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Challenge and Replace Irrational Thinking

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Last week you recorded and reviewed a record of how you typically respond to circumstances throughout each day.

The purpose was to discover patterns of thinking and behavior that add unnecessary stress to your life.

Were you surprised by how your thoughts could increase or decrease the stress you had?

As we learned from Aaron Beck and Albert Ellis, we make assumptions about the world and ourselves that become unquestionable core beliefs and unbreakable rules by which everything and everyone is evaluated.

Irrational thinking influences how we think and act, how we treat others, our relationships, our attitudes, expectations, and assumptions.

Thought-Belief Distortions

Here is a modified list of thought-belief distortions or irrational thinking that Beck and Ellis developed to help us better understand how our typical responses to life can create problems.

  • Overgeneralization – a single negative event becomes a rule.
  • Mental filtering – we filter out the positive and focus on the negative.
  • Black or White – there is no in-between.
  • Mind reading – we jump to conclusions.
  • We make predictions and act as if they were factual.
  • Failures become catastrophes and successes are minimized as unimportant.
  • Emotions interpret our reality and govern how we must act.
  • Everything is personalized – we are either in control or have no control.

Do you recognize any of these thinking patterns? Remember, with every emotional reaction there is an accompanying thought.

Challenging Irrational Thoughts and Beliefs

Challenge and Replace Irrational Thinking | focuswithmarlene.com

Once we recognize our distorted thoughts and beliefs, we can start challenging them.

Challenging thoughts asks:

  • Why do I believe this is true and who says it is true?
  • How accurate is my thinking given the circumstances and what is actually happening?
  • How can I modify or expand those first initial thoughts and responses?

Here is the example I gave last week of how easy it is to get wrapped up in responses that escalate our stress levels.

Your day started with frustration, trying to get the kids up and ready for school. Those feelings of irritation continued as you battled heavy traffic on your commute to work. You continued to think about how your kids’ disobedience spoiled the remainder of your day. Later in the morning, that irritation turned into anger when you were given an unexpected project to complete before noon. By the time you got home at night, your anger had been simmering all day, and when you hear your spouse’s comments about not having dinner ready, you explode. How dare he put more demands on you?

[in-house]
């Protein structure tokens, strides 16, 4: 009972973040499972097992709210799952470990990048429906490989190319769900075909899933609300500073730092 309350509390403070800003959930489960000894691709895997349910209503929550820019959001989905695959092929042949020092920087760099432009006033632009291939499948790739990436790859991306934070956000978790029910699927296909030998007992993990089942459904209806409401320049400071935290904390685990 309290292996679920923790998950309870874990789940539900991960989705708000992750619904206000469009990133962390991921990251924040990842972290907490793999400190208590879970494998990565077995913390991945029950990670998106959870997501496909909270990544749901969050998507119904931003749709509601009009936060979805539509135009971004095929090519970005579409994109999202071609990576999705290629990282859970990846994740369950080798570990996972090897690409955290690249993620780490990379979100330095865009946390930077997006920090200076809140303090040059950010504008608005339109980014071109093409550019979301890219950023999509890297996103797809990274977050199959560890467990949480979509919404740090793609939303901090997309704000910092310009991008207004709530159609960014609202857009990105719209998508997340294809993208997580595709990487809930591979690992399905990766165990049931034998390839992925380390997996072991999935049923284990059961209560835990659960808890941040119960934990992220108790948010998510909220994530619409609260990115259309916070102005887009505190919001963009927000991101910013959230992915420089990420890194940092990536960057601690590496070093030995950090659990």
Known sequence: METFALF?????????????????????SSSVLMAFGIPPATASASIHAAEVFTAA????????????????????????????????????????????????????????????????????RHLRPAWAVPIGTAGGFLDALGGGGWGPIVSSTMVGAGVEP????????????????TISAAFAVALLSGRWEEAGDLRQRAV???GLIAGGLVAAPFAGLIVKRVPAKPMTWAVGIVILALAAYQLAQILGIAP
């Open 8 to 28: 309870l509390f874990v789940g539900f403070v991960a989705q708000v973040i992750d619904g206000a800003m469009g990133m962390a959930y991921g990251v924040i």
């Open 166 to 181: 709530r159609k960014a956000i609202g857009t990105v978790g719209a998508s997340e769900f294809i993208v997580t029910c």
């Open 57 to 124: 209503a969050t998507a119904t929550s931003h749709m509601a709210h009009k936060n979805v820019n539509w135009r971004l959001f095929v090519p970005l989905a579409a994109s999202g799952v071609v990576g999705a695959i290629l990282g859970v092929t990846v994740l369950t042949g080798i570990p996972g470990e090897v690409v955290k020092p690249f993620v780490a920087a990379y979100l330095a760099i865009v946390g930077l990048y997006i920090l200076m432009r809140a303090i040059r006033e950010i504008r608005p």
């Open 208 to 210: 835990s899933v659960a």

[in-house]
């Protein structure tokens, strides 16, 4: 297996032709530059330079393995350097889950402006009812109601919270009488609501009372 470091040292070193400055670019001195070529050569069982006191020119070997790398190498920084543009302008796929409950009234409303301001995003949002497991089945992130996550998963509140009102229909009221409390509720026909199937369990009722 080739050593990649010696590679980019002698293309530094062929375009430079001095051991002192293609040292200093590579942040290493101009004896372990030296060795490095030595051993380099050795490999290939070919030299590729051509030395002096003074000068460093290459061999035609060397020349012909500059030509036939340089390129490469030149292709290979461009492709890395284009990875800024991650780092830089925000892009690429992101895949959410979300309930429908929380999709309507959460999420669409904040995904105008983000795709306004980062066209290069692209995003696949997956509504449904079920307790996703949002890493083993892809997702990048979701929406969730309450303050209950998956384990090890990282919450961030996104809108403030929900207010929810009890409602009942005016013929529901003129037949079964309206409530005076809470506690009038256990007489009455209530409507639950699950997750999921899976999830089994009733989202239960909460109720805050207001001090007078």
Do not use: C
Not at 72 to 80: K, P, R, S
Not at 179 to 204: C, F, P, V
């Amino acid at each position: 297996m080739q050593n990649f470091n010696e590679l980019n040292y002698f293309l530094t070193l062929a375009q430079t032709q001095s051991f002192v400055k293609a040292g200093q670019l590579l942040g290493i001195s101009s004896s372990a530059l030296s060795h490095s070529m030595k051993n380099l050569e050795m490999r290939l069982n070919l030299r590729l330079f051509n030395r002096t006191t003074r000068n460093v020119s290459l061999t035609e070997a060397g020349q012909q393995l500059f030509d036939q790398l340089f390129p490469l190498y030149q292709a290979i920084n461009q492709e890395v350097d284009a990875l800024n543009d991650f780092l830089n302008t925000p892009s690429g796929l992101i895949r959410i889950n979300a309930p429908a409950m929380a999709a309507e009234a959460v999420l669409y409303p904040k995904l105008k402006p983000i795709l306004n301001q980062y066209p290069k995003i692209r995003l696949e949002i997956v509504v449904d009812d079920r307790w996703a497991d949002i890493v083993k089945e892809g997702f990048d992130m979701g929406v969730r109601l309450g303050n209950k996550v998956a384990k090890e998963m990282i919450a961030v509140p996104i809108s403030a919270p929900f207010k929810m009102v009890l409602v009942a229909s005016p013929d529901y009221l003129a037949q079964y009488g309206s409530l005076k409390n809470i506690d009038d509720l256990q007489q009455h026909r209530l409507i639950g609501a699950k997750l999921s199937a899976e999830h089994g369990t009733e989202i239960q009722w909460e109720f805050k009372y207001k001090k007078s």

Unchallenged, that first automatic response at the beginning of the day triggered an on-going irritation that led to more and more anger until by the end of the day you blew up.

Unenforceable rules were broken. Kids should behave and do what they are told. At work, no consideration was given for your workload. People should respect and appreciate you. Everybody is out to get you. Nobody cares. And tomorrow won’t be any different.

Any logical reasoning is filtered out and by the end of the day you were unable to let go and look for ways to relax and enjoy the rest of the evening. Instead, you continued to hang onto your anger and resentment, which then expanded to other remembered grievances you had. Any proactive thinking was eliminated.

Challenging takes us out of the typical responses that continue to escalate.

We can look for more ways to be proactive. We can roll with the punches and find ways to reverse or modify the effects of the day through laughter or humor. The goal is to return our body to a restful state.

Here is an exercise that can help you experience this difference.

Think back to a difficult situation you encountered.

Close your eyes and create a picture in your mind as vividly as possible of what took place.

Then, review the following questions and write down what you discovered.

  • What was happening?
  • What were you feeling? Example: hurt, angry, guilt, sadness, anxiety, etc.
  • What irrational thinking was involved? There is often a stream of thoughts and recollections that are attached to any event.
  • What core beliefs were affected? Were unbreakable rules broken? They typically include words such as should, must or have to.
  • What assumptions and expectations did you have of yourself or others?
  • What personal doubts or insecurities did you have?

Challenge and Replay

Now replay the situation again and challenge any irrational thinking. Could you expand or reframe the circumstances to broaden your understanding and give you a more positive interpretation?

As you repeat it from this different perspective, how does it feel? Close your eyes and visualize this different response. Allow yourself to feel the difference between the two versions.

Were you able to feel in charge of your response? Did it allow you to let go of your frustrations and irritations? Can you adopt some of this to situations in the future?

We will experience days when everything goes wrong. We will find ourselves getting irritated and upset. But we don’t have to stay in those spaces. We can choose to find a positive way to deal with life’s irritations.

Once a pattern is identified, use the challenging method to put a new one in place.

Marlene Anderson

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